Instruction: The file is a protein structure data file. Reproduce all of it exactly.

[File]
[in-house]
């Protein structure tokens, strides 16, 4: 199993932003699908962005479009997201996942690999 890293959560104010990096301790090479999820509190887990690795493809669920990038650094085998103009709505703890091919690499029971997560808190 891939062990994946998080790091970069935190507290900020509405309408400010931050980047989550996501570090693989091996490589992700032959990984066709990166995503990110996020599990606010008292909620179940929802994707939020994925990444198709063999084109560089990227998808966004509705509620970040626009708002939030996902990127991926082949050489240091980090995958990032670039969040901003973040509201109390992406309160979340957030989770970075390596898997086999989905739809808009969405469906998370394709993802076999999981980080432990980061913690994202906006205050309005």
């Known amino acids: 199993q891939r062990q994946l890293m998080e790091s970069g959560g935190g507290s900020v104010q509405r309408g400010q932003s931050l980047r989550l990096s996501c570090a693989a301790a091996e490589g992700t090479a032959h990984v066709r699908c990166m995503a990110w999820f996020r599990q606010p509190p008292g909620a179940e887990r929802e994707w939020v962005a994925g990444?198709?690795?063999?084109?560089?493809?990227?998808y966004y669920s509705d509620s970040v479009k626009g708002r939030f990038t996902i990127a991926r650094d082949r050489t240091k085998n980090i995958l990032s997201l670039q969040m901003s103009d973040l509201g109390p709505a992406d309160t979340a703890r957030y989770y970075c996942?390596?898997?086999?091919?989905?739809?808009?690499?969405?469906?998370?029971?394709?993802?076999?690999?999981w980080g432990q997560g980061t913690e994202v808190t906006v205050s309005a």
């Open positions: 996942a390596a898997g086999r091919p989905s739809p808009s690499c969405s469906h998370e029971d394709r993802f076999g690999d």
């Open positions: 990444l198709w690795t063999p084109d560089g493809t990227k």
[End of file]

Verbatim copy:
[in-house]
């Protein structure tokens, strides 16, 4: 199993932003699908962005479009997201996942690999 890293959560104010990096301790090479999820509190887990690795493809669920990038650094085998103009709505703890091919690499029971997560808190 891939062990994946998080790091970069935190507290900020509405309408400010931050980047989550996501570090693989091996490589992700032959990984066709990166995503990110996020599990606010008292909620179940929802994707939020994925990444198709063999084109560089990227998808966004509705509620970040626009708002939030996902990127991926082949050489240091980090995958990032670039969040901003973040509201109390992406309160979340957030989770970075390596898997086999989905739809808009969405469906998370394709993802076999999981980080432990980061913690994202906006205050309005």
């Known amino acids: 199993q891939r062990q994946l890293m998080e790091s970069g959560g935190g507290s900020v104010q509405r309408g400010q932003s931050l980047r989550l990096s996501c570090a693989a301790a091996e490589g992700t090479a032959h990984v066709r699908c990166m995503a990110w999820f996020r599990q606010p509190p008292g909620a179940e887990r929802e994707w939020v962005a994925g990444?198709?690795?063999?084109?560089?493809?990227?998808y966004y669920s509705d509620s970040v479009k626009g708002r939030f990038t996902i990127a991926r650094d082949r050489t240091k085998n980090i995958l990032s997201l670039q969040m901003s103009d973040l509201g109390p709505a992406d309160t979340a703890r957030y989770y970075c996942?390596?898997?086999?091919?989905?739809?808009?690499?969405?469906?998370?029971?394709?993802?076999?690999?999981w980080g432990q997560g980061t913690e994202v808190t906006v205050s309005a």
């Open positions: 996942a390596a898997g086999r091919p989905s739809p808009s690499c969405s469906h998370e029971d394709r993802f076999g690999d």
């Open positions: 990444l198709w690795t063999p084109d560089g493809t990227k």